If obesity was classified into visceral fat obesity (GE 0.4) and subcutaneous fat obesity (LT 0.4) by VSR (visceral adipose tissue / subcutaneous abdominal adipose tissue ratio), most participants in this research had subcutaneous fat obesity rather than visceral fat obesity (only 3 students with visceral fat of 0.93% exhibited any visceral obesity).

The VSR of this study was lower than VSR (0.25) of Kim et al., Given that children had more abdominal subcutaneous fat than visceral fat structures, the results may not be considered as serious.

The average TAF measured by CT of obesity children was more significantly related with subcutaneous fat (r = 0.983, P < 0.01) than visceral fat (r = 0.640, P < 0.01). Also, TAF was significantly correlated with waist circumstance by a tape measure and WHR by BIA. VSR using CT which, indicated the risk of abdominal fat, was not significantly correlated with waist circumstance and WHR by a tape measure, and WHR by BIA.

The total size of abdominal fat confirmed by CT showed the highest correlation with the waist circumference (r = 0.744, P < 0.01) using a tape measure, while visceral abdominal fat by CT and waist circumference (r = 0.615, P < 0.01), along with subcutaneous abdominal fat and waist circumference (r = 0.696, P < 0.01) showed the strong quantitative relationships. Therefore, using a tape measurer for waist circumference measurement seems to be the most appropriate way for assessing abdominal fat in obese children.

In summary, there are some differences in assessing obesity according to assessment methods, so we need more exact standards for determining obesity and index of obesity according to various assessment methods.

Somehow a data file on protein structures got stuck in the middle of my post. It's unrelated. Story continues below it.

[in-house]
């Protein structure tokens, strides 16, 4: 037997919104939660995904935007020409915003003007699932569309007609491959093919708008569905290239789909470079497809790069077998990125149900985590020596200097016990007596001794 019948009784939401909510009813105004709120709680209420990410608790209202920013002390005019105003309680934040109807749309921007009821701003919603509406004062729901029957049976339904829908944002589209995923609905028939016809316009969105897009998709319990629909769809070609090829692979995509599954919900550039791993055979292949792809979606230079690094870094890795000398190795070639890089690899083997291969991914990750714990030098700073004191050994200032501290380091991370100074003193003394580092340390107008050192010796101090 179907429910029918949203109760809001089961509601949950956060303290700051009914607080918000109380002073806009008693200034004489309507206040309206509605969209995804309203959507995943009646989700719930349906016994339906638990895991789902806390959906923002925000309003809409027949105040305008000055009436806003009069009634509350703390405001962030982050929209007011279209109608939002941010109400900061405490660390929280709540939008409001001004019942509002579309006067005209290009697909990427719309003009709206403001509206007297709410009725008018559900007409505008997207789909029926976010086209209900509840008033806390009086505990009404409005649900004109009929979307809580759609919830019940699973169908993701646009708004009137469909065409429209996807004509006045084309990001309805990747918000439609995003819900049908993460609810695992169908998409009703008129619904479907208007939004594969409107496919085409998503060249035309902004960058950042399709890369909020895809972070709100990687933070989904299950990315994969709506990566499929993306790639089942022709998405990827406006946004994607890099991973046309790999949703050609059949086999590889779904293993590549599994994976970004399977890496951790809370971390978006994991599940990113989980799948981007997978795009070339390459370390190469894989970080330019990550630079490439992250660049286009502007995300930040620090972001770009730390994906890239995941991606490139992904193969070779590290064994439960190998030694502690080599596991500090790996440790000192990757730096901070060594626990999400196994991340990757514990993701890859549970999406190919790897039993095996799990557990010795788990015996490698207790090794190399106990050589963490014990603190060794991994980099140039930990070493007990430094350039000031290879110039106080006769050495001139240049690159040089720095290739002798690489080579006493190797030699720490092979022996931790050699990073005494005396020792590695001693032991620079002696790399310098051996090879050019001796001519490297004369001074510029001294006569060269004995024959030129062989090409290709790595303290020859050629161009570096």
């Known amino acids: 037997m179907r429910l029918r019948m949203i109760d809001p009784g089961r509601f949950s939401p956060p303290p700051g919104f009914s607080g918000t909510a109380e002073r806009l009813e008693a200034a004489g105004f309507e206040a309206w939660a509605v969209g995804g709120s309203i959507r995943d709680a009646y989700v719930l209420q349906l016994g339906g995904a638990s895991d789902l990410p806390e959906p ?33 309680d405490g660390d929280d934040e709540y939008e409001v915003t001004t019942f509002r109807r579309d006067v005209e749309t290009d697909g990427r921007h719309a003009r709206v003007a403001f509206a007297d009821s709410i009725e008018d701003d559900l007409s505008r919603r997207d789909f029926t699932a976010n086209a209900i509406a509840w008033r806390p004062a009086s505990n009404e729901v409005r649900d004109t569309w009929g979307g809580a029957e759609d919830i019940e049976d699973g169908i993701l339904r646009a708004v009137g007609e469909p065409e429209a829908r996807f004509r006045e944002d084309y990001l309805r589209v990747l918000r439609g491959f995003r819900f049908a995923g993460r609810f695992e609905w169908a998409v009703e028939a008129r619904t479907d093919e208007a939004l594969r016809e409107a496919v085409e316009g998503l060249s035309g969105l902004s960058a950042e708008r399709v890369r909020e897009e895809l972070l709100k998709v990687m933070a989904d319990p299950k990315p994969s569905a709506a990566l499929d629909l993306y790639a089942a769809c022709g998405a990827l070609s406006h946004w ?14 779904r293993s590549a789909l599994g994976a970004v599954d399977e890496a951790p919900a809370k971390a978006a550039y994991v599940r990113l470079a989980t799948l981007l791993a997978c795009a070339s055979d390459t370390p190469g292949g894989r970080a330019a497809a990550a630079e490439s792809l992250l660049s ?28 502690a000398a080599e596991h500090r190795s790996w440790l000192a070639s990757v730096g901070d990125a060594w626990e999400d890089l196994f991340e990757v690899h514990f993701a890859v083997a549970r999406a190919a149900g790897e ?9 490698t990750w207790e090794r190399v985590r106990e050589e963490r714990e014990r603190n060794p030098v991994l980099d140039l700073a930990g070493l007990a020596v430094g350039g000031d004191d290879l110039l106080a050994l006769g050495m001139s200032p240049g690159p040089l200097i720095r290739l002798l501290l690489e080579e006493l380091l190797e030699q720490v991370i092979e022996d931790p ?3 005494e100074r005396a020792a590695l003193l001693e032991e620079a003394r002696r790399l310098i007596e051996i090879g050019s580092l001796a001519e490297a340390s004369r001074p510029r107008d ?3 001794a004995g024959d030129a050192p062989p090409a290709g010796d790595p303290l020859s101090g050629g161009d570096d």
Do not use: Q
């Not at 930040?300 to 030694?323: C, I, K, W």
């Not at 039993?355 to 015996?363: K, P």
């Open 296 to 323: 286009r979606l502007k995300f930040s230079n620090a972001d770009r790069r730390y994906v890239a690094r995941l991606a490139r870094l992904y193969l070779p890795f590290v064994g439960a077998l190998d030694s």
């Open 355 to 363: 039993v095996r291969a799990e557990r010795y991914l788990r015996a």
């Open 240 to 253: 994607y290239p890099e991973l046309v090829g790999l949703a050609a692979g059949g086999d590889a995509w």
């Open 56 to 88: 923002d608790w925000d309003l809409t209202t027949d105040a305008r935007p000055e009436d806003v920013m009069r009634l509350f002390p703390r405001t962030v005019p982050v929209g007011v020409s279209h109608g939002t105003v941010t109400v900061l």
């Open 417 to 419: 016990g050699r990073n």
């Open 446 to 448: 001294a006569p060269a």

As elementary children's obesity consists mainly of subcutaneous abdominal fat, there seems to be less of a health threat from visceral fat accumulation. Nevertheless we found that for measuring abdominal fat and body fat mass, WHR using a tape measure and the BIA can provide the most effective and simple approaches. A waist circumference measurement using a tape measure is considered to be the most effective method for assessing abdominal fat in elementary students.

However, in order to determine the degree of obesity for children during their growth period, a continual large scale examination is needed to rigorously validate the assessment of obesity for children and juveniles in Korea. In this way, we could actively forecast and prevent obesity related health threats, and efficiently control obesity as a whole.

Fig. 2
Correlations between DEXA & BIA of lean body mass (boys & girls)
Fig. 5
Correlations between visceral fat & anthropometric waist (boys & girls))


1. Blackman MR. Principles of ambulatory medicine. 4th ed. Williams and Wilkins Co: Baltimore; 1994.